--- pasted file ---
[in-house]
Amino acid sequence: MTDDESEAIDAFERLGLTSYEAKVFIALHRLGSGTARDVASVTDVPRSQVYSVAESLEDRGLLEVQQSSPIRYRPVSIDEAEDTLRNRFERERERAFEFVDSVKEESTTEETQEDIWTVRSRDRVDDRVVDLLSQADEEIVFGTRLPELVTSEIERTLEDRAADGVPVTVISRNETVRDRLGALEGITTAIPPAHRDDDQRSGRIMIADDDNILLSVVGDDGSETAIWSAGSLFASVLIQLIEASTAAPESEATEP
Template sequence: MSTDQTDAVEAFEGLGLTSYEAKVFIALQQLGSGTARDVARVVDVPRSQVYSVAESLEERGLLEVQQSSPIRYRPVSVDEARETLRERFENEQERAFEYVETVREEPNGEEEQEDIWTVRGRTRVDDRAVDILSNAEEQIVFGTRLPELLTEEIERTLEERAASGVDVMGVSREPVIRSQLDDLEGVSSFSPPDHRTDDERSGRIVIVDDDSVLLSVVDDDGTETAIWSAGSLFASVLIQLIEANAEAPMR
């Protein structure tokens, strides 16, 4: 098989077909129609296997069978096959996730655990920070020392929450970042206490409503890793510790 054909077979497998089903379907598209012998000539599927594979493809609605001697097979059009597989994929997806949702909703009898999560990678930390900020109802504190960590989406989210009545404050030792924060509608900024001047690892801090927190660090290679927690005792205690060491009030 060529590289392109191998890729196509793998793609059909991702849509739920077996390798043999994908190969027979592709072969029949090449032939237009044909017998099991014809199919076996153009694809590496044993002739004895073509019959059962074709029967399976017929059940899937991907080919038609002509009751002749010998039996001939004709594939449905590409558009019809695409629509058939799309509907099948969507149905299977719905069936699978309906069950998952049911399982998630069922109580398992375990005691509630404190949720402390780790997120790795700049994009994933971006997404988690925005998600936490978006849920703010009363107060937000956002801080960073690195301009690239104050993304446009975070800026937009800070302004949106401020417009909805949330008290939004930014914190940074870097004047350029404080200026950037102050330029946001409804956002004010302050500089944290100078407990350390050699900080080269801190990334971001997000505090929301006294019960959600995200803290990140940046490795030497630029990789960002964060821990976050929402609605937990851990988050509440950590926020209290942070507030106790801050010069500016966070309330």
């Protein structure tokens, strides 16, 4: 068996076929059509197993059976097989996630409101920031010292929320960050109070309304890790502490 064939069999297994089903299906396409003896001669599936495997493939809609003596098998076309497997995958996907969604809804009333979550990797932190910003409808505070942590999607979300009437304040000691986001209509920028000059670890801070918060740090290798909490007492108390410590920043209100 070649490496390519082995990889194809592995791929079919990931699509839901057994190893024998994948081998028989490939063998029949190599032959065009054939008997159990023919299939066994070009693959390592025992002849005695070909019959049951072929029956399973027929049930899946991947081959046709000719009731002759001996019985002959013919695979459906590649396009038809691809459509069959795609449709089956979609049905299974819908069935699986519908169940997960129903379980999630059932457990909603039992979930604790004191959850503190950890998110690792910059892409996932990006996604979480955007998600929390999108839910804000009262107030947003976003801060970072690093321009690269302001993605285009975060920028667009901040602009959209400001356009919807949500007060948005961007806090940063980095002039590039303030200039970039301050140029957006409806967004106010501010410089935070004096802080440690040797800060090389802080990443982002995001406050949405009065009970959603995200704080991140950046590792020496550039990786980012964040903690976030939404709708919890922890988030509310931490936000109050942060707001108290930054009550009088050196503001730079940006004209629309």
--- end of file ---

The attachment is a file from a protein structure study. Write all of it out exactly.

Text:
[in-house]
Amino acid sequence: MTDDESEAIDAFERLGLTSYEAKVFIALHRLGSGTARDVASVTDVPRSQVYSVAESLEDRGLLEVQQSSPIRYRPVSIDEAEDTLRNRFERERERAFEFVDSVKEESTTEETQEDIWTVRSRDRVDDRVVDLLSQADEEIVFGTRLPELVTSEIERTLEDRAADGVPVTVISRNETVRDRLGALEGITTAIPPAHRDDDQRSGRIMIADDDNILLSVVGDDGSETAIWSAGSLFASVLIQLIEASTAAPESEATEP
Template sequence: MSTDQTDAVEAFEGLGLTSYEAKVFIALQQLGSGTARDVARVVDVPRSQVYSVAESLEERGLLEVQQSSPIRYRPVSVDEARETLRERFENEQERAFEYVETVREEPNGEEEQEDIWTVRGRTRVDDRAVDILSNAEEQIVFGTRLPELLTEEIERTLEERAASGVDVMGVSREPVIRSQLDDLEGVSSFSPPDHRTDDERSGRIVIVDDDSVLLSVVDDDGTETAIWSAGSLFASVLIQLIEANAEAPMR
């Protein structure tokens, strides 16, 4: 098989077909129609296997069978096959996730655990920070020392929450970042206490409503890793510790 054909077979497998089903379907598209012998000539599927594979493809609605001697097979059009597989994929997806949702909703009898999560990678930390900020109802504190960590989406989210009545404050030792924060509608900024001047690892801090927190660090290679927690005792205690060491009030 060529590289392109191998890729196509793998793609059909991702849509739920077996390798043999994908190969027979592709072969029949090449032939237009044909017998099991014809199919076996153009694809590496044993002739004895073509019959059962074709029967399976017929059940899937991907080919038609002509009751002749010998039996001939004709594939449905590409558009019809695409629509058939799309509907099948969507149905299977719905069936699978309906069950998952049911399982998630069922109580398992375990005691509630404190949720402390780790997120790795700049994009994933971006997404988690925005998600936490978006849920703010009363107060937000956002801080960073690195301009690239104050993304446009975070800026937009800070302004949106401020417009909805949330008290939004930014914190940074870097004047350029404080200026950037102050330029946001409804956002004010302050500089944290100078407990350390050699900080080269801190990334971001997000505090929301006294019960959600995200803290990140940046490795030497630029990789960002964060821990976050929402609605937990851990988050509440950590926020209290942070507030106790801050010069500016966070309330």
């Protein structure tokens, strides 16, 4: 068996076929059509197993059976097989996630409101920031010292929320960050109070309304890790502490 064939069999297994089903299906396409003896001669599936495997493939809609003596098998076309497997995958996907969604809804009333979550990797932190910003409808505070942590999607979300009437304040000691986001209509920028000059670890801070918060740090290798909490007492108390410590920043209100 070649490496390519082995990889194809592995791929079919990931699509839901057994190893024998994948081998028989490939063998029949190599032959065009054939008997159990023919299939066994070009693959390592025992002849005695070909019959049951072929029956399973027929049930899946991947081959046709000719009731002759001996019985002959013919695979459906590649396009038809691809459509069959795609449709089956979609049905299974819908069935699986519908169940997960129903379980999630059932457990909603039992979930604790004191959850503190950890998110690792910059892409996932990006996604979480955007998600929390999108839910804000009262107030947003976003801060970072690093321009690269302001993605285009975060920028667009901040602009959209400001356009919807949500007060948005961007806090940063980095002039590039303030200039970039301050140029957006409806967004106010501010410089935070004096802080440690040797800060090389802080990443982002995001406050949405009065009970959603995200704080991140950046590792020496550039990786980012964040903690976030939404709708919890922890988030509310931490936000109050942060707001108290930054009550009088050196503001730079940006004209629309």